Thanks for posting that chart from Pocket Sky Atlas and your observation description Doug, it is a good reference.

As Paul has said in a dob, the nebulosity is clear, I believe that with very good transparency / dark sky and no condensation issues the Merope nebula at least will be a binocular target. One aspect I might try this season is to use a narrower field of view eyepiece to try and isolate Merope from the nebula to potentially gain an image with a bit more clarity. The Barnard, occasionally referred to as the mini Merope, will be a very tough target, it is quite small and requires Merope to be isolated, in addition to a high power field of view and averted vision, potentially possible from 8" aperture.    

Edited by scarp15
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You will see some IFN (or galactic dust, whatever the name) around the Merope area Iain, and for this the VX8 might be a good choice and in particular if you have something like a 42mm LVW...

The view of the Pleiades nebula in a refractor is very pleasing to the eye even with the reduced amount seen.

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Look forward to your account for M45 with your 200mm f3.8 dob Gerry.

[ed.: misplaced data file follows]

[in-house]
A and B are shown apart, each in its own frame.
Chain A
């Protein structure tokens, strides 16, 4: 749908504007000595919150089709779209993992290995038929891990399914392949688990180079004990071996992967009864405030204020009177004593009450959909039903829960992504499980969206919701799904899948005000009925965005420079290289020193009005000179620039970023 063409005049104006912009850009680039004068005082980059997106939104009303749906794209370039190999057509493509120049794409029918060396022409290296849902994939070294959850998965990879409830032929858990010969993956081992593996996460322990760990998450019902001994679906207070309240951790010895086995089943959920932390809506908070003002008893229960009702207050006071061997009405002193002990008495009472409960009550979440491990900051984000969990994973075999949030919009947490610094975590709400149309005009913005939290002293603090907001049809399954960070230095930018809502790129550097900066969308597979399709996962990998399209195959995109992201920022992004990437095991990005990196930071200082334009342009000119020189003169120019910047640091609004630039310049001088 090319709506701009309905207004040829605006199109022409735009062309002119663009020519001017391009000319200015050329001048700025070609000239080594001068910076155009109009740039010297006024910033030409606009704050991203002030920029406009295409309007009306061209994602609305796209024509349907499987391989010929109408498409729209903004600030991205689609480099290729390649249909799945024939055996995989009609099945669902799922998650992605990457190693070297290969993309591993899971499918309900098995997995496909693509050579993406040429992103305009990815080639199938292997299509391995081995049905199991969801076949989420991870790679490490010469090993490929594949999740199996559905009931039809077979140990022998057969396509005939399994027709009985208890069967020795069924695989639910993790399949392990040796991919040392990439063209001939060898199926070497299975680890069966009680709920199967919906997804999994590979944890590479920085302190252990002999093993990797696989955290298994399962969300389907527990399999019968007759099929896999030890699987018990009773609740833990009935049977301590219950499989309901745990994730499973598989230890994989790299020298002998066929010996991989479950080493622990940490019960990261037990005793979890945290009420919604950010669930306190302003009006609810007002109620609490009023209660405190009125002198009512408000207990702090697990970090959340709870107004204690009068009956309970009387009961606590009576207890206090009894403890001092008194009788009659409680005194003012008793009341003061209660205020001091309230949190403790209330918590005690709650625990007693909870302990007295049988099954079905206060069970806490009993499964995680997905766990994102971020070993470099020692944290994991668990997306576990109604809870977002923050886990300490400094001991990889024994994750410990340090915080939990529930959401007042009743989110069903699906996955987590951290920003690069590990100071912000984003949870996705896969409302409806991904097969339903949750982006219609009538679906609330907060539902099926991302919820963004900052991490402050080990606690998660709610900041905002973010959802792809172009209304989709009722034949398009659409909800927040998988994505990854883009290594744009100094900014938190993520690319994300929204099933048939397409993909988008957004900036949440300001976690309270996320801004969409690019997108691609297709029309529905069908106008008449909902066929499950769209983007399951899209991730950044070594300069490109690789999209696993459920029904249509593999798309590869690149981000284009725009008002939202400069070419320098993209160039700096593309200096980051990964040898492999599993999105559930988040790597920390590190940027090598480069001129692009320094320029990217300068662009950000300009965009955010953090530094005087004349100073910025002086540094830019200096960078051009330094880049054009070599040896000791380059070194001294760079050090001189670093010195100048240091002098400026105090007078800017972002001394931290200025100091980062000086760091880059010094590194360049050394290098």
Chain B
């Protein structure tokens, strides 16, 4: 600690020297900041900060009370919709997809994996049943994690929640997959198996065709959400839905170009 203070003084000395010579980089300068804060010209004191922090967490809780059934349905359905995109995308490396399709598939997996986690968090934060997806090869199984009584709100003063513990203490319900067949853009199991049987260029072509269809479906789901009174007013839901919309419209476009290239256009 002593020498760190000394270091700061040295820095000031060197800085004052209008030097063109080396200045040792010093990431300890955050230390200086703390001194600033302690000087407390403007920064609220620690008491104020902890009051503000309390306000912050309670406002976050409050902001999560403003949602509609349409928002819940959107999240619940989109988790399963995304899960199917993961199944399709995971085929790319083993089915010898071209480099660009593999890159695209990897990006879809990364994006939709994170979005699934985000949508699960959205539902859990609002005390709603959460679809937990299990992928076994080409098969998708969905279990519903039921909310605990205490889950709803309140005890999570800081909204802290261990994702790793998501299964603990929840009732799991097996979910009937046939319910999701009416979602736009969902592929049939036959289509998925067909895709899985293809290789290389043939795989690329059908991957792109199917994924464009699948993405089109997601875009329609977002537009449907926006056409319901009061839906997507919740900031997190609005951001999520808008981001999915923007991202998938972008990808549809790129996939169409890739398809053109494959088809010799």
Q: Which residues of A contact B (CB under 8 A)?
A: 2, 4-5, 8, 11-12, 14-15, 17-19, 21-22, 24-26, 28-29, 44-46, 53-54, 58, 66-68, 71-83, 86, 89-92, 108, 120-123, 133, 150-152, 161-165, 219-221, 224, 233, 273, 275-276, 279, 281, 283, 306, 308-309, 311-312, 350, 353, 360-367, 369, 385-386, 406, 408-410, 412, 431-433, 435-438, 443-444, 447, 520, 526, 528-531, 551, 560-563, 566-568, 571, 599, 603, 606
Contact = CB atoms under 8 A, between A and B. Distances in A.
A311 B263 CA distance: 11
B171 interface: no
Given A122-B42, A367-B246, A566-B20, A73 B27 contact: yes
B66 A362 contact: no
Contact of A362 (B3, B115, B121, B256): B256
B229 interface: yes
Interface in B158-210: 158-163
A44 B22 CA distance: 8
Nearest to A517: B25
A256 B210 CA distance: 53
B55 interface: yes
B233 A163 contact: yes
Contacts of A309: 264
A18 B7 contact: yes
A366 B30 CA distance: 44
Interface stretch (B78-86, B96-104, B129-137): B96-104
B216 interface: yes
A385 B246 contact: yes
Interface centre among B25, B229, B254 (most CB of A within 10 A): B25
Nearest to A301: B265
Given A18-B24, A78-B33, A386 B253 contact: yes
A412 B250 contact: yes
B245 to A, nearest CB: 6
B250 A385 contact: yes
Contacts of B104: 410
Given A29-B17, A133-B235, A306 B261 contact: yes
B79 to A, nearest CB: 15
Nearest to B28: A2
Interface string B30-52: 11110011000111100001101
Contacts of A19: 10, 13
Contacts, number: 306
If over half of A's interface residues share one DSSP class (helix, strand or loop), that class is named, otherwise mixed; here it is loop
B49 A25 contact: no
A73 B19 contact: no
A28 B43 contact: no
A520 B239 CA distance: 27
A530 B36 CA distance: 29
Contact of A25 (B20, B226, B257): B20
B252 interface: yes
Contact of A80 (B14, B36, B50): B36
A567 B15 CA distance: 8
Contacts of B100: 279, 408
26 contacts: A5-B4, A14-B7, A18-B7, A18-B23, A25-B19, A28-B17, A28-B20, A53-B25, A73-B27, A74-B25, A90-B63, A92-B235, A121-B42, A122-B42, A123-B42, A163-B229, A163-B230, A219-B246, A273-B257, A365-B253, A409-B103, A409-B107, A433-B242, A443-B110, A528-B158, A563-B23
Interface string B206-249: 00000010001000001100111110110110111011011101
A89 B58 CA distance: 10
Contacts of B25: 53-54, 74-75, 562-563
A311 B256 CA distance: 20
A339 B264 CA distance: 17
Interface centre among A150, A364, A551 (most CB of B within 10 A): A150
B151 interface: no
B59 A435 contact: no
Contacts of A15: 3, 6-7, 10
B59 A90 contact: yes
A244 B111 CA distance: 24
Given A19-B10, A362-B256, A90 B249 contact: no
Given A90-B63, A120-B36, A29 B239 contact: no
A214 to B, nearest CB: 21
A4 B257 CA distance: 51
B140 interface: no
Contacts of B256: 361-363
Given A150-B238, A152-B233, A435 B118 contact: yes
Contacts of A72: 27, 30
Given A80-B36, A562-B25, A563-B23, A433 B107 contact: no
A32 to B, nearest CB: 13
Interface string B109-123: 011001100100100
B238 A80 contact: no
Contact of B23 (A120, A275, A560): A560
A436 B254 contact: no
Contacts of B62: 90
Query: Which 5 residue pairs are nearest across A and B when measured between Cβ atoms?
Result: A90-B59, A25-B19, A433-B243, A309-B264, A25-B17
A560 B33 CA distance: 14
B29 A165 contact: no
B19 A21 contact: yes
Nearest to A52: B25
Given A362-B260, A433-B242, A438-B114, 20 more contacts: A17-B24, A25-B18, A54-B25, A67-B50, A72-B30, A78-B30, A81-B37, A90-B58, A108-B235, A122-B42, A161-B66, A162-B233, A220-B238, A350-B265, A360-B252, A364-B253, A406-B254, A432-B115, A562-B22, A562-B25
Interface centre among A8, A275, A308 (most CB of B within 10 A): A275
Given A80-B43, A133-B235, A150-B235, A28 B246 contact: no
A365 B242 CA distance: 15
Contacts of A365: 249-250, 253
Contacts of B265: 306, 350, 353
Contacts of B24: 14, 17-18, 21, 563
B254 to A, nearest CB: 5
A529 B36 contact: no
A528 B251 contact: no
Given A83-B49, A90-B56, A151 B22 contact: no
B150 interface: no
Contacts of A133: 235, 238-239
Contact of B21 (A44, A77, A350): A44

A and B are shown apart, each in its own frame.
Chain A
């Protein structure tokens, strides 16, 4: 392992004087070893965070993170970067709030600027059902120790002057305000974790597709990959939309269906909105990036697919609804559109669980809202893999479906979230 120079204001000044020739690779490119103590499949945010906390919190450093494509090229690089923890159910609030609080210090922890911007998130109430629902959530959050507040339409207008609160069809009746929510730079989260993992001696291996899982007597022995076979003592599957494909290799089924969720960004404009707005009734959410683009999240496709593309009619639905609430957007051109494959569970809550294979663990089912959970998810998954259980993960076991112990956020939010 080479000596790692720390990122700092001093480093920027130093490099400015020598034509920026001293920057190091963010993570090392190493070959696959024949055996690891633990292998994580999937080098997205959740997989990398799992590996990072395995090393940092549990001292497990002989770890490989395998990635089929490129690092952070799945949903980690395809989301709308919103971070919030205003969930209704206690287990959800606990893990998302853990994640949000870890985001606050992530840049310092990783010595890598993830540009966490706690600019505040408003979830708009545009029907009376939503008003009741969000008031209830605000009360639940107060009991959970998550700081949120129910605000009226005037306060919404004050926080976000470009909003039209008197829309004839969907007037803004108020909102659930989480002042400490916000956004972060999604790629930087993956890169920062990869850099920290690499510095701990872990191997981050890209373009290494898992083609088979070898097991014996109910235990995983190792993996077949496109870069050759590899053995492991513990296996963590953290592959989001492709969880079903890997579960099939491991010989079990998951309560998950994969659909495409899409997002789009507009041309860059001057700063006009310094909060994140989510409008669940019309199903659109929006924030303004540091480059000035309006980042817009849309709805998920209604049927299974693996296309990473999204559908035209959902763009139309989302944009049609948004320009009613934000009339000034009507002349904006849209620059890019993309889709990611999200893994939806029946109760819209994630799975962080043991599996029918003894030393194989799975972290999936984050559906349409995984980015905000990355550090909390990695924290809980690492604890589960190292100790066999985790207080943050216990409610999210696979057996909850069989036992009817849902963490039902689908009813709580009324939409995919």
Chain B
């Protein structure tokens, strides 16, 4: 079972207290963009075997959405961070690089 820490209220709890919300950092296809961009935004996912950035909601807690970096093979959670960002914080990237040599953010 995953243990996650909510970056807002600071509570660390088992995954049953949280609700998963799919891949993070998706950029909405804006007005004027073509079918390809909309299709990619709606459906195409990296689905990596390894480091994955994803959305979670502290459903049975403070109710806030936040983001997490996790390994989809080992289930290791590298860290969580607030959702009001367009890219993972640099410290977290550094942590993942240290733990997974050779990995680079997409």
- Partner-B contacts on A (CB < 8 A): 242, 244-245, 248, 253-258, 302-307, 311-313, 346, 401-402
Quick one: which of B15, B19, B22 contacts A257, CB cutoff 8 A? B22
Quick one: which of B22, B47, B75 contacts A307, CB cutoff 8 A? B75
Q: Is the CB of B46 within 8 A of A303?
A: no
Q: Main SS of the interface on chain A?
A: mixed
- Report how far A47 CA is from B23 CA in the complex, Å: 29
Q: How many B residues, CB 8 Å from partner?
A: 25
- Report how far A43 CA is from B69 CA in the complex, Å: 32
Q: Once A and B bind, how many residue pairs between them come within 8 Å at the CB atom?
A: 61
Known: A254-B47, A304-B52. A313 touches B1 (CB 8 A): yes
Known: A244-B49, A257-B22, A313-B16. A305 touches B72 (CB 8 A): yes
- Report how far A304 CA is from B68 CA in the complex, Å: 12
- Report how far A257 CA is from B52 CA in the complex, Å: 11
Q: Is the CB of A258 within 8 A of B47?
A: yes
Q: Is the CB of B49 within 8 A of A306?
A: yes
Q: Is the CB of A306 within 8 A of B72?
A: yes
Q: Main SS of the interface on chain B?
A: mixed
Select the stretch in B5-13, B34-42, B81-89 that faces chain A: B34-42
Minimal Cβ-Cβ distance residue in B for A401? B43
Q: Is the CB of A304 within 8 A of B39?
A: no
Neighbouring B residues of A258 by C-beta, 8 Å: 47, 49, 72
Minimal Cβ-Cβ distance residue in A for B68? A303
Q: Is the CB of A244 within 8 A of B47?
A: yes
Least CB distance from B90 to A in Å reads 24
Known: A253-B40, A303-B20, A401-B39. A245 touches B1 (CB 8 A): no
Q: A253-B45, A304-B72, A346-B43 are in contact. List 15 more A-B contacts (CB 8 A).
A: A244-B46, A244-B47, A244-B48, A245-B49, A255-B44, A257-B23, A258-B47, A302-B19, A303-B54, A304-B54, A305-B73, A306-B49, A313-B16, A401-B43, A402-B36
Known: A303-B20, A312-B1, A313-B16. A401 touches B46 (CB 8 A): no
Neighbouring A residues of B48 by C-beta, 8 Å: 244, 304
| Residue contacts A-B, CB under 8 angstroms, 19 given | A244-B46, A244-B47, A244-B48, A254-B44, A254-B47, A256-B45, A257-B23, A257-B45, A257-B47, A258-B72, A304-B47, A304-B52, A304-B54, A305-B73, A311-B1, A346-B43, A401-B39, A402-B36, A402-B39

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48 minutes ago, scarp15 said:

Look forward to your account for M45 with your 200mm f3.8 dob Gerry.

 

Hey Iain, I'm waiting for your galactic dust report! You will see it for sure, right near Merope, catch a lane for contrast and it appears.

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I look forward to seeing the Pleiades with the Tak! :) 

Regarding the nebulosity around the brightest stars, I noticed some "clouds" but this was definitely too faded to state that that was a reflection nebula there. Aside from this, it is a wonderful target, so it will be a pleasure to visit it again. 

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Like @Stu I've yet to convince myself I've seen it properly but I recall one night of fine conditions and I could have sworn there was a glow around Merope.  That was quite some time ago and might have been with the 130P. 

The Pleiades are an attractive bunch and recall being so impressed with an old photo years and years ago in an astronomy textbook from the library.  The diffraction spikes in the picture made them even more elegant.  

Sorry to veer off course a little but is M45 more appealing in a reflector or a refractor?  Either way is great if you can see the reflection Nebula, heh?! ;) 

Edited by Special K

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2 minutes ago, Special K said:

Sorry to veer off course a little but is M45 more appealing in a reflector or a refractor?  Either way is great if you can see the reflection Nebula, heh?!

I don't think it matters which, but you do need a nice short focal length to get a wide enough field of view. Enough space around the edge to be able to see the complete cluster, but enough power to make it interesting. Stars in a good frac are beautiful and normally my preference, but I guess some nice diffraction spikes look quite pretty too :)